On Monday morning, Treasury yields showed a broad increase, primarily led by the 5- to 10-year rates, as investors awaited information about the U.S. government's borrowing needs for the fourth quarter.
Here's the current situation:
The driving factors behind these market movements are as follows:
Market expectations indicate a 98.2% probability that the Federal Reserve will keep interest rates steady within the 5.25%-5.5% range on Wednesday. The likelihood of a 25-basis-point rate increase to a range of 5.5%-5.75% by December stands at 24.5%, but this may change based on Federal Reserve Chair Jerome Powell's statements during his post-meeting press conference.
Furthermore, the Bank of England is anticipated to leave its rates unchanged on Thursday, and Friday will bring the U.S. nonfarm payrolls report for October.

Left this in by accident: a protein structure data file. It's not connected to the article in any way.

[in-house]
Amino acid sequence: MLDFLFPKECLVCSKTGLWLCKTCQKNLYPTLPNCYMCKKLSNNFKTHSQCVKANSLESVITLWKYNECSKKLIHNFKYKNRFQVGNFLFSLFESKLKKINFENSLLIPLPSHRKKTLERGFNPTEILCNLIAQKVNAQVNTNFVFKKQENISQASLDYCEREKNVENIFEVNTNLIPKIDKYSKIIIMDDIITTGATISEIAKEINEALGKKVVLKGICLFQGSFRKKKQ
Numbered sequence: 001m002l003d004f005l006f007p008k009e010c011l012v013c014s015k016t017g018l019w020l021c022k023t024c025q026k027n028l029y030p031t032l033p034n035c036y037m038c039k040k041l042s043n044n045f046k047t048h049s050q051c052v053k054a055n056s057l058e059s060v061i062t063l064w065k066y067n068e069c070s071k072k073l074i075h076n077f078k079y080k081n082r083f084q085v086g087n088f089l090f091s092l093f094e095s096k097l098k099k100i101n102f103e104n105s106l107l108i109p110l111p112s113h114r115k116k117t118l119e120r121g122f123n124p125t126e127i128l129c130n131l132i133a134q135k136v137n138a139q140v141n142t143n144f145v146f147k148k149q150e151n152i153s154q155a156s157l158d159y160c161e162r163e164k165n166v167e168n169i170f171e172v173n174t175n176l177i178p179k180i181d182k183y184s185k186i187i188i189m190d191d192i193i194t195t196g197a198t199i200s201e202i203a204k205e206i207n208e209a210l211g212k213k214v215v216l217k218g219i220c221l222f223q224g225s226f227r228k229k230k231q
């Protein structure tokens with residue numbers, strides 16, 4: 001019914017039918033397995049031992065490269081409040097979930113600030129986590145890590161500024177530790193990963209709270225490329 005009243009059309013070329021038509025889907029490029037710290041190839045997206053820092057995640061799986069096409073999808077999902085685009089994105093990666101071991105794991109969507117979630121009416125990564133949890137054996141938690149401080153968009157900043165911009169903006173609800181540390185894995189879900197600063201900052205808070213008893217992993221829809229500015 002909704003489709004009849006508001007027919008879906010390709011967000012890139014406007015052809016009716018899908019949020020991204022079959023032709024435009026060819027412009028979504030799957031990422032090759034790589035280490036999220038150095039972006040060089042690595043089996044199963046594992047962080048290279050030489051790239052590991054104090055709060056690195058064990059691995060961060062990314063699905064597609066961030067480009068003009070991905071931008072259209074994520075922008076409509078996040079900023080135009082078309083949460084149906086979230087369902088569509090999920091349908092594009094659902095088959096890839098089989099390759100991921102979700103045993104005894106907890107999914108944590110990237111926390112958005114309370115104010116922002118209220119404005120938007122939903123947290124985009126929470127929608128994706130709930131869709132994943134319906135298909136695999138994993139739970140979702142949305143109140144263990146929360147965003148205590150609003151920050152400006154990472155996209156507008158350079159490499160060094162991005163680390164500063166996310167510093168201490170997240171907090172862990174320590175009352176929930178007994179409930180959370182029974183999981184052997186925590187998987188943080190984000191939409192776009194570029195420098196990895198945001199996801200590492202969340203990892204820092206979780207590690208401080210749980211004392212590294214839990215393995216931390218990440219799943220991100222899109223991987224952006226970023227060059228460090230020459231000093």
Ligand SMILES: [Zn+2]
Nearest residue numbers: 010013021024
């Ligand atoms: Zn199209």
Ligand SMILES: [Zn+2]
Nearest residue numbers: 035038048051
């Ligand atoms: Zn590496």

Analysts from BMO Capital Markets emphasize the significance of this week in the Treasury market due to various factors, including financing estimates, refunding announcements, the Federal Open Market Committee (FOMC) decision, and the payrolls report. Additionally, they mention the upcoming update from the Bank of Japan, with expectations of a shift toward a less accommodating policy stance, particularly regarding yield curve control. The impact on U.S. rates will depend on whether this move by the Bank of Japan will push 10-year yields back toward 5.0% or be seen as a reason to buy bonds.
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